8 Energy cost (MET) of walking = steady state VO 2 /3.5ml.kg -1.min -1 Energy cost (MET) of walking = steady state VO 2 /3.5ml.kg -1.min -1 Use bout closest to >3 MET’s in regression analysis to predict step rate. Use bout closest to >3 MET’s in regression analysis to predict step rate. Solve for step rate when MET = 3 (lower rate) and 5.99 (upper rate). Solve for step rate when MET = 3 (lower rate) and 5.99 (upper rate). Effects of age, stride length, trunk adiposity Effects of age, stride length, trunk adiposity Cross validate equation using holdout sample Cross validate equation using holdout sample Pedometer validity/reliability Pedometer validity/reliability Predict accelerometer counts/min from VO 2 Predict accelerometer counts/min from VO 2 Use to calibrate accelerometry in the field Use to calibrate accelerometry in the field Phase 1 – Translate PA guidelines into pedometer-based step indices

9 Do people walk at a moderate intensity when in a naturalistic environment? Do people walk at a moderate intensity when in a naturalistic environment? Participants walk on a neighborhood park for 30 minutes at self-defined “moderate (brisk) intensity” Participants walk on a neighborhood park for 30 minutes at self-defined “moderate (brisk) intensity” HR, step count (pedometer), accelerometer count HR, step count (pedometer), accelerometer count Use steps/min to predict accelerometer counts associated with moderate intensity walking Use steps/min to predict accelerometer counts associated with moderate intensity walking Phase 1b – Field condition of moderate intensity walking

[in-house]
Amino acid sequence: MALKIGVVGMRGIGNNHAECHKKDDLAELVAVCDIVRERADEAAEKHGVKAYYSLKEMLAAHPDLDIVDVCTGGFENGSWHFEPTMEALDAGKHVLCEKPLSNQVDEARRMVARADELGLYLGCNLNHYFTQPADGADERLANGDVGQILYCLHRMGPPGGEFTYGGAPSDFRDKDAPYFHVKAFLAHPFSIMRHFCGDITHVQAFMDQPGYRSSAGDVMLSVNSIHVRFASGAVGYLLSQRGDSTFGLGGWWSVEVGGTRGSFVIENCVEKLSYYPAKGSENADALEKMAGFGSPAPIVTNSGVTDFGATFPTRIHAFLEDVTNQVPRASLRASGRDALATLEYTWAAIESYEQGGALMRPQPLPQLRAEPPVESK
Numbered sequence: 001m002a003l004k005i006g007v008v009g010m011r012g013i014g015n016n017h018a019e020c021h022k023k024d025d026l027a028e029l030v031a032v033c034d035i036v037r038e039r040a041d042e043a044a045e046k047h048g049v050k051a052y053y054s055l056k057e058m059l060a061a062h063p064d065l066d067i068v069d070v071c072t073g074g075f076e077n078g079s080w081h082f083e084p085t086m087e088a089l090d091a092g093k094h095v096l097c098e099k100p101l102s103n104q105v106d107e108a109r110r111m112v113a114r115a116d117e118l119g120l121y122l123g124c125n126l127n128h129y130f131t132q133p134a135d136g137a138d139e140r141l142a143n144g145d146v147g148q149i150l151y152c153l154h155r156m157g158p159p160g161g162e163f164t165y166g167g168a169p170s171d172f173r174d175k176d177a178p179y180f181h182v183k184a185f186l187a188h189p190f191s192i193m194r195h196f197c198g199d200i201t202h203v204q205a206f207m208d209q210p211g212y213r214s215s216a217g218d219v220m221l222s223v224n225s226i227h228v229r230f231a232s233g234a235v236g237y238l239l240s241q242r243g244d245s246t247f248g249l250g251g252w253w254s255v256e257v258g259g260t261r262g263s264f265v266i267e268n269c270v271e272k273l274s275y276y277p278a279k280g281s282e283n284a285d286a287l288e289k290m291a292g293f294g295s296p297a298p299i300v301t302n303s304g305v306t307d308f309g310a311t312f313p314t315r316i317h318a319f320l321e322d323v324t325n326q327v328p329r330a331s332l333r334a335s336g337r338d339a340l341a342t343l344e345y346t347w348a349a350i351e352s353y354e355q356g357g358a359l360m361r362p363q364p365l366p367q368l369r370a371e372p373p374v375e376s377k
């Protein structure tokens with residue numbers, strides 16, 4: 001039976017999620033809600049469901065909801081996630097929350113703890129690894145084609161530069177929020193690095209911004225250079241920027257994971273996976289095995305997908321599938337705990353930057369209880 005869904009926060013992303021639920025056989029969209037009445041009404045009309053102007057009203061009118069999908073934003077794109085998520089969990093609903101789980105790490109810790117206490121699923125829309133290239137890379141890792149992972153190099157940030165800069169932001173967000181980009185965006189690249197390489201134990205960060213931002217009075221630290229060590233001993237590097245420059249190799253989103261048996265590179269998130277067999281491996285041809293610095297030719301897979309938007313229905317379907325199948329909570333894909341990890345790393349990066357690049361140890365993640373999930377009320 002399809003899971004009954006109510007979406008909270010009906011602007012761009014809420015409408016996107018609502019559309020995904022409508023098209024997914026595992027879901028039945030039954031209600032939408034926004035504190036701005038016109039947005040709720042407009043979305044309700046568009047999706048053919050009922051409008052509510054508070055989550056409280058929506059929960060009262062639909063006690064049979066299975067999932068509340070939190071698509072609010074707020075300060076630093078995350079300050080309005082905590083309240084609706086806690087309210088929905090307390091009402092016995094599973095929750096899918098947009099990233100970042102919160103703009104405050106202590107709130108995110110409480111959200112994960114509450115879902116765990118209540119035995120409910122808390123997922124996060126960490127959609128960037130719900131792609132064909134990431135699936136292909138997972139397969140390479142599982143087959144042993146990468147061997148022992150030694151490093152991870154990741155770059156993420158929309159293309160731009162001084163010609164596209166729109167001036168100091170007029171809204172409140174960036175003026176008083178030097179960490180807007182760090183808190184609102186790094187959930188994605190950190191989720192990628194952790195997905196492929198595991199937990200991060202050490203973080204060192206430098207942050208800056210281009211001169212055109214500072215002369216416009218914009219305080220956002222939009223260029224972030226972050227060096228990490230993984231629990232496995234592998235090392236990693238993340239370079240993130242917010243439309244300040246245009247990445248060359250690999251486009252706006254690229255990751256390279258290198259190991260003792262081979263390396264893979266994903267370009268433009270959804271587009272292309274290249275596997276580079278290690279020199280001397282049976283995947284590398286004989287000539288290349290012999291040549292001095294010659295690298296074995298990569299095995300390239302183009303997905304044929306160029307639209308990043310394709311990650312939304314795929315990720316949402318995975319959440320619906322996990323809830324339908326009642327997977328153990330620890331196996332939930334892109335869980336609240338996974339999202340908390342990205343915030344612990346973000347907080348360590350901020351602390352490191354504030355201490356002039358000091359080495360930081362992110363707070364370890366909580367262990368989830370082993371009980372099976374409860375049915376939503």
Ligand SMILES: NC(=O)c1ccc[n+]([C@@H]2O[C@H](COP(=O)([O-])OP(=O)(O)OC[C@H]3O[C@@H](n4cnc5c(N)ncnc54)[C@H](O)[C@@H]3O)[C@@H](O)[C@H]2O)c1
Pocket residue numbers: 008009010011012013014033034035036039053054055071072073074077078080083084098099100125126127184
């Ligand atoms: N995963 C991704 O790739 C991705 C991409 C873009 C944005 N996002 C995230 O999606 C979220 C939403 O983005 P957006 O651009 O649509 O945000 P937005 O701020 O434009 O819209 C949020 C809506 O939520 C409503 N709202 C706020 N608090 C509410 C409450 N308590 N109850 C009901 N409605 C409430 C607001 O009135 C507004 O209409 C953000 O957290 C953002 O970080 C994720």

10 Phase 2 – RCT Evaluate the effectiveness and sustainability of a pedometer-based walking intervention designed to increase levels of moderate intensity physical activity in an underserved Latino community sample

11 Cultural Considerations in Theory Application Theories of behavior change assume individuals are relatively autonomous Theories of behavior change assume individuals are relatively autonomous Inconsistent with strong sense of identification and attachment within Hispanic families; the “allocentric” society Inconsistent with strong sense of identification and attachment within Hispanic families; the “allocentric” society Perceived family support was most significant predictor of participation in heart health program (Apodaca et al., 1997) Perceived family support was most significant predictor of participation in heart health program (Apodaca et al., 1997)